Cardinal talks about psychological effect of Ebola quarantine and role of the church

Share it with your friends Like

Thanks! Share it with your friends!


Catholic Church health experts met in Rome on Tuesday to discuss their response to the Ebola crisis in West Africa and also the contributions of health workers on the ground.
Doctor Klemens Ochel, of the Medical Mission Institute of Wurzburg, said the current outbreak has disrupted social relationships within communities in affected countries.
Ochel said that apart from dealing with physical symptoms of Ebola, patients should be given psychological treatment as well, in order to restore stability in societies torn by the current outbreak.
Father Aristelo Miranda of the Camillian Task Force described how in one village in West Africa that he recently visited, the residents were quarantined, which made them feel imprisoned.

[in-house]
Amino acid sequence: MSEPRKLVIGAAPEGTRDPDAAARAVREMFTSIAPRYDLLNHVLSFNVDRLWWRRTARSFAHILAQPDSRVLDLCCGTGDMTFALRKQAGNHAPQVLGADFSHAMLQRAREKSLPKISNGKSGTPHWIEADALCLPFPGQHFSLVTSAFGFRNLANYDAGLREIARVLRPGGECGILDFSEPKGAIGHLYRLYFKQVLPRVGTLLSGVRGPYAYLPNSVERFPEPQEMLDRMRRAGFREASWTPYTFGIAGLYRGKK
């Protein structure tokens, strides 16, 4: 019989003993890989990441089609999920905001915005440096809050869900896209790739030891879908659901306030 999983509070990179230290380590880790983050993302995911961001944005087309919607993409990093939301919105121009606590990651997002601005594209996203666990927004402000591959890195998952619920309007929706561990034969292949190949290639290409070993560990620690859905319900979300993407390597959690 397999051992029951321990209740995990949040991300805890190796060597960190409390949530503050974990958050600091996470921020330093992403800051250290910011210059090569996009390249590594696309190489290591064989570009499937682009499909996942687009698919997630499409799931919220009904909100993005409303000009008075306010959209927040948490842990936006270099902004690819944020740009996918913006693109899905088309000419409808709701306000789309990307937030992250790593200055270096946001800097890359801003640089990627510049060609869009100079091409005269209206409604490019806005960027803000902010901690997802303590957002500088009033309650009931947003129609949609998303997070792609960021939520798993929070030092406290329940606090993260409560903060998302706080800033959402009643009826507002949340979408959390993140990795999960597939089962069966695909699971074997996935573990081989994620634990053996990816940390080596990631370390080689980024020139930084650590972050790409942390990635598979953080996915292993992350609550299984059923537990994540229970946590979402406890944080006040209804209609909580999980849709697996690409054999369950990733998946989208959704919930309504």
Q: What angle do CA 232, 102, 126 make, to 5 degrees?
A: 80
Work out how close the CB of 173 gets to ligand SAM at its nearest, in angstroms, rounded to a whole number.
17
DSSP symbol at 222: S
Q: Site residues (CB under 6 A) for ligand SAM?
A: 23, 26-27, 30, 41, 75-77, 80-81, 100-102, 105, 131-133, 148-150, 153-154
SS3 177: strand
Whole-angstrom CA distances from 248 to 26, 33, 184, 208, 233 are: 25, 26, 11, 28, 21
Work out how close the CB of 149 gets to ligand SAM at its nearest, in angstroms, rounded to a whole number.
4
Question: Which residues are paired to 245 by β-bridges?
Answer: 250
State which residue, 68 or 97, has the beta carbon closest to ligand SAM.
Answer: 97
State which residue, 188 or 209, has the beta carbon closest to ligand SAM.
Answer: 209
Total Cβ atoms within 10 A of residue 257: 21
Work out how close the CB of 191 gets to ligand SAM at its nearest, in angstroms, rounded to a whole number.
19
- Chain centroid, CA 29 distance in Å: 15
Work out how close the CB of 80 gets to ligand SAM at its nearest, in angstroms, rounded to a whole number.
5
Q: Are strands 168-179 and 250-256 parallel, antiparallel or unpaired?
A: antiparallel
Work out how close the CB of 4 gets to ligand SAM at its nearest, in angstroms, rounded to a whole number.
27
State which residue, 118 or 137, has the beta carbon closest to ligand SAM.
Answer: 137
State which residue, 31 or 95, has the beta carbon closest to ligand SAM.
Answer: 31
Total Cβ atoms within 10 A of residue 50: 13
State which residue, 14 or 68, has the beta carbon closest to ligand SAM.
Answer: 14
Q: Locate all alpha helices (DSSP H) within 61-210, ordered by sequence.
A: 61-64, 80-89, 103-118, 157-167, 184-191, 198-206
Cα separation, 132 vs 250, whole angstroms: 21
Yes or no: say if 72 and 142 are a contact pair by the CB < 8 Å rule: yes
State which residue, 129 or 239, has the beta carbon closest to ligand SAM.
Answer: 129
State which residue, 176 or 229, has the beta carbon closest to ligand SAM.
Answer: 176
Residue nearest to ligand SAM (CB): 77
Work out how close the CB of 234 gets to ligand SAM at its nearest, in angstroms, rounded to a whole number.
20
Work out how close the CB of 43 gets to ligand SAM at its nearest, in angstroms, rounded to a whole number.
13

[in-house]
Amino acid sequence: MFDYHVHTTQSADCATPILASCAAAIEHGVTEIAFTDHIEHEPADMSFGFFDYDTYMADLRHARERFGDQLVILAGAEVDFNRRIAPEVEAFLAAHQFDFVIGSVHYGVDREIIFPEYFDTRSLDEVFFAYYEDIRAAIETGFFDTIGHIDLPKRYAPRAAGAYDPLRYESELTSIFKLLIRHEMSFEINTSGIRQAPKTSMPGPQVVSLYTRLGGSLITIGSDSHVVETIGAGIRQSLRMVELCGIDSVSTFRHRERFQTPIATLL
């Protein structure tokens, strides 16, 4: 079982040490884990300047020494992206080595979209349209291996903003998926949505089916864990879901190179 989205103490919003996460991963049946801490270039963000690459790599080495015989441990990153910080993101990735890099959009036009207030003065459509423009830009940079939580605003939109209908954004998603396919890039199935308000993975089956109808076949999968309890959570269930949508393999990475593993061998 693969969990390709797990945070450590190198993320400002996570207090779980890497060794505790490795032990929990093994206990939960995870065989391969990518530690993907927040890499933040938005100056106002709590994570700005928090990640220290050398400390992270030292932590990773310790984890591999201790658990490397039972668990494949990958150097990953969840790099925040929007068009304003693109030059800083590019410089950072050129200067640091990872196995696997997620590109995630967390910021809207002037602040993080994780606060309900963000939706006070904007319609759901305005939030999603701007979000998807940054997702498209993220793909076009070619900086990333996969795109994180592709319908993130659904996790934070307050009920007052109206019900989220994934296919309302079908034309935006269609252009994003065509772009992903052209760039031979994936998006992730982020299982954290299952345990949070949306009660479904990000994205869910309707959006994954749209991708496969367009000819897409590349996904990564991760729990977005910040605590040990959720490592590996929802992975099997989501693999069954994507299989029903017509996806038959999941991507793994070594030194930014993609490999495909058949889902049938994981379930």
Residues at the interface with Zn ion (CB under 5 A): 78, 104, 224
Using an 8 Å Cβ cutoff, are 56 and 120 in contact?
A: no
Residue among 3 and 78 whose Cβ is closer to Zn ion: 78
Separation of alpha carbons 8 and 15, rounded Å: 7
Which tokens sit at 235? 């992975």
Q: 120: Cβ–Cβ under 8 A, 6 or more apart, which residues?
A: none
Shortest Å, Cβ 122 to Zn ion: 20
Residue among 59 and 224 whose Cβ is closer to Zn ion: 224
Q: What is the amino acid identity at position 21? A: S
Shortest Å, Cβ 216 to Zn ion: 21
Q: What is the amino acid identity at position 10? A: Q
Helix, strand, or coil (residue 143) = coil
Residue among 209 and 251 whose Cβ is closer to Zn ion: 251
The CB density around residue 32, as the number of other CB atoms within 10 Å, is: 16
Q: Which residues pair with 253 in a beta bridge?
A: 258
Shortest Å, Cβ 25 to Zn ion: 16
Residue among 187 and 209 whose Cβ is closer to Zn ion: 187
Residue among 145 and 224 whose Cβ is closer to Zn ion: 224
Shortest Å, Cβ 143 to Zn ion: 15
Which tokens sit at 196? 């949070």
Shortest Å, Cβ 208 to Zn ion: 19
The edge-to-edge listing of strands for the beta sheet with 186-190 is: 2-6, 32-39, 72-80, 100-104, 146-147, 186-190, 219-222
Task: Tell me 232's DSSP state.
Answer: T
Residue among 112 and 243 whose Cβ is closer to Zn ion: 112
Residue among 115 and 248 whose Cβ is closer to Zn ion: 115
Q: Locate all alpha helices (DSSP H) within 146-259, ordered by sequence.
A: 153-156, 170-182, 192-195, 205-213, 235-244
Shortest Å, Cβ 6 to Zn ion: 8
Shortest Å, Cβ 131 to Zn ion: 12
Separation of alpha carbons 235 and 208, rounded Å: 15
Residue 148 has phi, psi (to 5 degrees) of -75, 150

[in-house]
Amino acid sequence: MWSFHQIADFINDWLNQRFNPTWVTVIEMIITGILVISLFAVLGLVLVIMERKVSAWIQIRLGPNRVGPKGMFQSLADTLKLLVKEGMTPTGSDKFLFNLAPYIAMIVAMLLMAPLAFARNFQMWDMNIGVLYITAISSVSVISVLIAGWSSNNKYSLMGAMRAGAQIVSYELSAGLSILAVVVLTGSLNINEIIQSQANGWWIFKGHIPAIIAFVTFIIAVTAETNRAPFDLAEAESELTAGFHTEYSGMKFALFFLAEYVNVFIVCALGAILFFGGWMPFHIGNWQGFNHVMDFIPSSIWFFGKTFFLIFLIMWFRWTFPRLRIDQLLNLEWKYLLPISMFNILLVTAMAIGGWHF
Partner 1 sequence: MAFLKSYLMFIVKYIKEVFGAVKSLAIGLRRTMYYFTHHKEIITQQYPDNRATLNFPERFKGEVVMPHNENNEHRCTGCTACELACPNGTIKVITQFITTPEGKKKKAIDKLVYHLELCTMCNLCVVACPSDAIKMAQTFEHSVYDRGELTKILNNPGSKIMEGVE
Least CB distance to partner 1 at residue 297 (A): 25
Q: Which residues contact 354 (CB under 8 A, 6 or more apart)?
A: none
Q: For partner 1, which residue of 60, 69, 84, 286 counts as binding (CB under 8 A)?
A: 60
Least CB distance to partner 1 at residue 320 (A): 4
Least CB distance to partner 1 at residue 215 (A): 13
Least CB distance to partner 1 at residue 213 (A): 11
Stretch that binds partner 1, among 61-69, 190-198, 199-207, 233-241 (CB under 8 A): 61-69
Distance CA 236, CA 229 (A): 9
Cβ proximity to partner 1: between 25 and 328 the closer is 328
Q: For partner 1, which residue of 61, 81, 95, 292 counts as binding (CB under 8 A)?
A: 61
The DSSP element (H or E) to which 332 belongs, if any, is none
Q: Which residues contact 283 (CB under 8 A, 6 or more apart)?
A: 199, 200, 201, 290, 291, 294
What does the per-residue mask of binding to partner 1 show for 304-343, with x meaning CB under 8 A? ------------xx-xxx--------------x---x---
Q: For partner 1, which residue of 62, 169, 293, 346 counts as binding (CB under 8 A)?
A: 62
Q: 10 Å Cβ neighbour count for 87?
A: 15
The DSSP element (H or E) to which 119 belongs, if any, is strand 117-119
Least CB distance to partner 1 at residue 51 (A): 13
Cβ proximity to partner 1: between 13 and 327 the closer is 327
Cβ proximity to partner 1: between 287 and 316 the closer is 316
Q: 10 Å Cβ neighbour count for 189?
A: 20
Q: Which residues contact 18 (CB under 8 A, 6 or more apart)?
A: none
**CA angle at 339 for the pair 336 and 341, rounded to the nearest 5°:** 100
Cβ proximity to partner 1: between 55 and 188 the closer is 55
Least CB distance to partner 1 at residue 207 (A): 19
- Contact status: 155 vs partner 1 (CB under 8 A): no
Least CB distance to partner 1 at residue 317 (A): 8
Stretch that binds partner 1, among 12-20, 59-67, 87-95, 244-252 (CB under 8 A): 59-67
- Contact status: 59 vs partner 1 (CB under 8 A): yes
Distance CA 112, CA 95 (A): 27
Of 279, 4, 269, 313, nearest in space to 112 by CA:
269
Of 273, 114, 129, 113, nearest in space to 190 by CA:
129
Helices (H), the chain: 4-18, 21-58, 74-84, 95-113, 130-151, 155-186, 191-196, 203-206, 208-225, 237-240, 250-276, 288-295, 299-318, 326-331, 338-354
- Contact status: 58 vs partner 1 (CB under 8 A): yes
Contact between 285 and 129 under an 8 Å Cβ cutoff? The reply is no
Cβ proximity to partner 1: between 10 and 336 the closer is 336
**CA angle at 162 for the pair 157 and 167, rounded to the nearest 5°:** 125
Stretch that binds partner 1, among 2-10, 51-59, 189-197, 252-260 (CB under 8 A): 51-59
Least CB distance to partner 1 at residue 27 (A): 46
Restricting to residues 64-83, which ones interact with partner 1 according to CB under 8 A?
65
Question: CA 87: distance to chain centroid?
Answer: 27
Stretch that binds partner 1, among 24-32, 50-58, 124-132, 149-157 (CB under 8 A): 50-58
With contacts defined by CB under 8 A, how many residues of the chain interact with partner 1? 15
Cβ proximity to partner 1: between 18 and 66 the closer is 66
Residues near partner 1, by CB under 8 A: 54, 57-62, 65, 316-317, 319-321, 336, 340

Turkson also said the church was helping relatives understand that the traditional burial of Ebola victims, which often involves the relatives coming in close contact with the body, was not possible in order to prevent the spread of the virus.
The World Health Organisation says Ebola has killed some five-thousand people so far, mainly across Guinea, Liberia, and Sierra Leone, and, according to children’s charity UNICEF, four thousand children have been orphaned by the disease.

You can license this story through AP Archive:
Find out more about AP Archive:


Write a comment